Morris N. Campbell, of whom we write, was born in the old log house in which his parents began their wedded life. He grew to manhood under the parental roof-tree, receiving a substantial education in the district school, which was supplemented by a course of study at Hamilton Academy. At the age of eighteen years he secured a position as teacher, engaging himself for a term of three months, at a salary of twelve dollars and a half per month and board around among the patrons of the school. He proved himself a very capable instructor; and the term was extended another month, that the pupils might have the benefit of his instruction. Not taking kindly to the profession of a teacher, however, Mr. Campbell determined to try the mercantile business, and for two years was employed as a clerk in Hamilton. At the end of that time, tiring of the business, he resumed the occupation to which he was bred, and has since devoted his attention to agricultural pursuits. He has an excellent and productive farm of one hundred acres, ten of which were a part of his father's original homestead, and whereon he was born. This he carries on most successfully.
  In 1847 Mr. Campbell was united in marriage to Patience, daughter of John Rowell and a native of Madison County, born in Hamilton in July, 1825. Of this union there are four children living, namely: Ida, widow of W. H. Jones, of Eaton; J. Archie; Mary C., wife of W. G. Hitchings and Post-mistress at Randallsville; and Na Motte, whose wife died in December, 1890, and is interred in Woodlawn Cemetery at Hamilton in the same plat where his mother was interred later in the same month. Mr. Campbell is one of the leading men of his town, having held many varied offices of public trust. Among others he has served as Commissioner of Highways, was Supervisor for many years, and is now justice of the Peace. In 1875 he was elected Member of the Assembly, serving in 1876 from Madison County. He has also served the public as civil engineer and surveyor, acting some time as assistant in the State's employ. Politically, he was always opposed to slavery, and has been a stanch supporter of the Republican party ever since its formation, believing in its principles and endorsing its measures by his influence and vote. In social and fraternal matters he is a member of Hamilton Lodge, No. 120, A.F. & A.M.; of Cyrus Chapter, No. 50, R.A.M.; and of Norwich Commandery, No. 46, K.T.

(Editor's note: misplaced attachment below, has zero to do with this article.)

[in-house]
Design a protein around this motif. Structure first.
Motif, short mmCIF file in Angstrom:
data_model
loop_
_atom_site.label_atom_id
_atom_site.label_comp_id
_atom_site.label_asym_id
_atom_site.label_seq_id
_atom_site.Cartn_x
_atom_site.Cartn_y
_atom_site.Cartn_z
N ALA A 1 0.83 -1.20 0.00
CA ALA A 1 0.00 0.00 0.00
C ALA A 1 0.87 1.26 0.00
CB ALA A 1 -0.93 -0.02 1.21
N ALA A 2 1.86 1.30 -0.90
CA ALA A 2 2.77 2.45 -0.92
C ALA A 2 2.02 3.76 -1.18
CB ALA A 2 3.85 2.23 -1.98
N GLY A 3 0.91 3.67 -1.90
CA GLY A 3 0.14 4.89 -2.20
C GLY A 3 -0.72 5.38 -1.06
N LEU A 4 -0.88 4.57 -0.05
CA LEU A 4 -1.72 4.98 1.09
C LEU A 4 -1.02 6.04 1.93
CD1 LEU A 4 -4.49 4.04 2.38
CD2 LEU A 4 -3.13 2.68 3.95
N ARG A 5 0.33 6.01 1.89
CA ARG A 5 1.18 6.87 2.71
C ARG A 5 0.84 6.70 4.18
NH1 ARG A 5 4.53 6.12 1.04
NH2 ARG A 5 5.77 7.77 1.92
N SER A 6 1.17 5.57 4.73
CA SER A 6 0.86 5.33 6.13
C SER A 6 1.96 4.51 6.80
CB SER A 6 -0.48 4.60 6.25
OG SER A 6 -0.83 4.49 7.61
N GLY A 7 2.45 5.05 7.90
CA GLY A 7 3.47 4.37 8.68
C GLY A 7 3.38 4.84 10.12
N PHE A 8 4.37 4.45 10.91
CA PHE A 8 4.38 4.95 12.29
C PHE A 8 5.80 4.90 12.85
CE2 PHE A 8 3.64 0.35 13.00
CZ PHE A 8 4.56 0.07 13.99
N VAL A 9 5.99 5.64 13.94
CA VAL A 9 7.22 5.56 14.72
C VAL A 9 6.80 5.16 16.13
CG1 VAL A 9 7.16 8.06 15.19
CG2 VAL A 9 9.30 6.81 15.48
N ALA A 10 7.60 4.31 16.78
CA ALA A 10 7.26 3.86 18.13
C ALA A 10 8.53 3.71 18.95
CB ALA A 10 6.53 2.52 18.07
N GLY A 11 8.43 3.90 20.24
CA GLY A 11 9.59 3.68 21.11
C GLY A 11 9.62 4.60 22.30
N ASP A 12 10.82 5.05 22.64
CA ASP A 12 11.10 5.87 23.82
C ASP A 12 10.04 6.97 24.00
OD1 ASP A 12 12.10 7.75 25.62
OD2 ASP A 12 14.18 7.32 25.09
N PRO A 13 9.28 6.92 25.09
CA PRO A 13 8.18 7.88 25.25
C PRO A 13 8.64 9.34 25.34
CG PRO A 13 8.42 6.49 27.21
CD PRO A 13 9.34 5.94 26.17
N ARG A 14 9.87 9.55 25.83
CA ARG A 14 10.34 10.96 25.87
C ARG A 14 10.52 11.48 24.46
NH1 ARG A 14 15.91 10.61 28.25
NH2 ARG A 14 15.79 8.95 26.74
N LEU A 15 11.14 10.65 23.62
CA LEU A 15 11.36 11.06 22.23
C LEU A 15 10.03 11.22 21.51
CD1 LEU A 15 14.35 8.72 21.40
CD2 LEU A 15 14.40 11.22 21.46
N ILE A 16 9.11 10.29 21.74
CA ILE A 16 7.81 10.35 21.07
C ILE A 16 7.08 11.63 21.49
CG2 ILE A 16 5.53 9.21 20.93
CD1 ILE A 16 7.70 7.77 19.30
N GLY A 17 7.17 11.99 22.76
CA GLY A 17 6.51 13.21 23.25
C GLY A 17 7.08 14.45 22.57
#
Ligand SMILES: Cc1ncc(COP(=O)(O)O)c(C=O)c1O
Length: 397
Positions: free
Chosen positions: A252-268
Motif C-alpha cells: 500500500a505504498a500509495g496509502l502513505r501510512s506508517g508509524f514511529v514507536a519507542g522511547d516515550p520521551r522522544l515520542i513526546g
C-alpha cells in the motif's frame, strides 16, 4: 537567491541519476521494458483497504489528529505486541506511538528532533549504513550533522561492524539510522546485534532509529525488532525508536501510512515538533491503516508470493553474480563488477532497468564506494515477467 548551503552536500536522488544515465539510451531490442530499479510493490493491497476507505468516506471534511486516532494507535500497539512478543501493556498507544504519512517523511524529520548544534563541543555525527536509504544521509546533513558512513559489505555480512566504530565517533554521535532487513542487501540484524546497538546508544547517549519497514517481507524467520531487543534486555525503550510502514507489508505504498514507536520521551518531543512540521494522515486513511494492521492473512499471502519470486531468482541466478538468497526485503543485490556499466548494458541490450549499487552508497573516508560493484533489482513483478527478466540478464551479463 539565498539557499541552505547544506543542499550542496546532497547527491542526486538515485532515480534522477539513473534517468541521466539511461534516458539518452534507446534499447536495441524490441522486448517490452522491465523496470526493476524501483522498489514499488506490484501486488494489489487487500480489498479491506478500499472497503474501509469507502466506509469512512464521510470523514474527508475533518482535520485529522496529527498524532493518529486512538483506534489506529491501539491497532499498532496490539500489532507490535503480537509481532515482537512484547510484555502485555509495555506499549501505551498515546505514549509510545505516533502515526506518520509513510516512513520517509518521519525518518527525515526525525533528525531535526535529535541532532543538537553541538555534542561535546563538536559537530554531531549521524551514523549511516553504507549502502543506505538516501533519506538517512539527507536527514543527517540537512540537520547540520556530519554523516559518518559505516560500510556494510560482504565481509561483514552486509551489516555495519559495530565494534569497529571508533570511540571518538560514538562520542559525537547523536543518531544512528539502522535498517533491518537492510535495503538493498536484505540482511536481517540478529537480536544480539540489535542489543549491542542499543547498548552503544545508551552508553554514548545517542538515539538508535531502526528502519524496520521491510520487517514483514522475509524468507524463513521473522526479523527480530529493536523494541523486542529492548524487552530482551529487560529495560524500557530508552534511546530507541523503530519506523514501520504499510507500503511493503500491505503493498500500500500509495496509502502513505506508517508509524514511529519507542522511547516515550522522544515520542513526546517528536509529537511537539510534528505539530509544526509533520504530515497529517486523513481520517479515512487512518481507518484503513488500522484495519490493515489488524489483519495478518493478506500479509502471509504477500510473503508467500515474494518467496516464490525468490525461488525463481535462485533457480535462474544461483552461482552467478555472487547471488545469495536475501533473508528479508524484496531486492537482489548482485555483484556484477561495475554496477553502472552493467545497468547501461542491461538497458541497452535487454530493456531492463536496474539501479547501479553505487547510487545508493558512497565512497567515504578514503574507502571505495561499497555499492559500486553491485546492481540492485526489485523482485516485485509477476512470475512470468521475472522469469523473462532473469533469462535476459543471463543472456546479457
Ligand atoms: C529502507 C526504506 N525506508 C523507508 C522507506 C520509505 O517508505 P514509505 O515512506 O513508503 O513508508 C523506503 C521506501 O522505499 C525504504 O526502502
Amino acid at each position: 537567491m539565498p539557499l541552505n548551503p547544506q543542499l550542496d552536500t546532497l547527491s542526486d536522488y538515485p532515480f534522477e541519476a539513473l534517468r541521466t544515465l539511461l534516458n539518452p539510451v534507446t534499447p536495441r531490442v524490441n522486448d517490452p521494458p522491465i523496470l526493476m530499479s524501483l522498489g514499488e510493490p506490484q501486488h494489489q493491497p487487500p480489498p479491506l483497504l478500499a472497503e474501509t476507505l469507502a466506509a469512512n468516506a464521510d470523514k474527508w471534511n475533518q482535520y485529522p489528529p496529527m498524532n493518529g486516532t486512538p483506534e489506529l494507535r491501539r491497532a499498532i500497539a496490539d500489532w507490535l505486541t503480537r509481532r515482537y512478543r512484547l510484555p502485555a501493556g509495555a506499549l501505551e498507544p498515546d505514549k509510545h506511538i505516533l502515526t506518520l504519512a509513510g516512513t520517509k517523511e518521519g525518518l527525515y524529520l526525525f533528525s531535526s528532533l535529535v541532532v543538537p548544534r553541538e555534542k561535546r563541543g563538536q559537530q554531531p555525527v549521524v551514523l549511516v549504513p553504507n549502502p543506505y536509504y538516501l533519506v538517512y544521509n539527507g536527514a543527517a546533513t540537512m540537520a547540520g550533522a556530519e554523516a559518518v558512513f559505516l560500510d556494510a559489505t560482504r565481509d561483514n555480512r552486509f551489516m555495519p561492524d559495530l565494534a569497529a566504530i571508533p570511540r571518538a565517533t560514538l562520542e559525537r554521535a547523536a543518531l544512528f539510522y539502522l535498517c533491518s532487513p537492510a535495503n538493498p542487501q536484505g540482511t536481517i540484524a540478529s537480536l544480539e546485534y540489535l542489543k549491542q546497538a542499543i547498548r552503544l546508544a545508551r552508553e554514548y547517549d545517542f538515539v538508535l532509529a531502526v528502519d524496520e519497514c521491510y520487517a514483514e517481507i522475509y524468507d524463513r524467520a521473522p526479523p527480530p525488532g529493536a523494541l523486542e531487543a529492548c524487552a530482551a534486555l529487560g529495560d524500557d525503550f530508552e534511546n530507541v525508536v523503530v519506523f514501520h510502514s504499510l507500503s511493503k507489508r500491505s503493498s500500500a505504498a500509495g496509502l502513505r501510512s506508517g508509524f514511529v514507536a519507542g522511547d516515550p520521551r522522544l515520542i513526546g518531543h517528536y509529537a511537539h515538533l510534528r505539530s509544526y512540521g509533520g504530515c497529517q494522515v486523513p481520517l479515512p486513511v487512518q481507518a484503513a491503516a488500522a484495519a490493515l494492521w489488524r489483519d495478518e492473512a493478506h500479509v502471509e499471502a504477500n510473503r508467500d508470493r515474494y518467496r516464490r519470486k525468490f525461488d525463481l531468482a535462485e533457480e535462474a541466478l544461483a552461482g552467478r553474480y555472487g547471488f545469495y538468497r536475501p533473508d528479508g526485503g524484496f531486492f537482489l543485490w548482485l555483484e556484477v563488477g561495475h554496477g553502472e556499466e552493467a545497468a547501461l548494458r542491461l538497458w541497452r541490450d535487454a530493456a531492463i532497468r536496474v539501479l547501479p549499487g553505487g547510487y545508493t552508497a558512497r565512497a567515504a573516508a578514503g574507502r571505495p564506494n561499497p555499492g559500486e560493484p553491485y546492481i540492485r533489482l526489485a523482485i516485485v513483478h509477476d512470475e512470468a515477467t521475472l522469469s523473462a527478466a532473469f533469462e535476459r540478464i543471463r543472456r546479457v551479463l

Mr. Campbell has always been the friend of every worthy enterprise, and has ever manifested deep interest in whatever was designed, to promote the public good. That his qualities as a public-spirited man have been appreciated is attested by the fact that he has so often been elected to serve his town and county in public office, and that his high standing in the community as a man and citizen is recognized by all.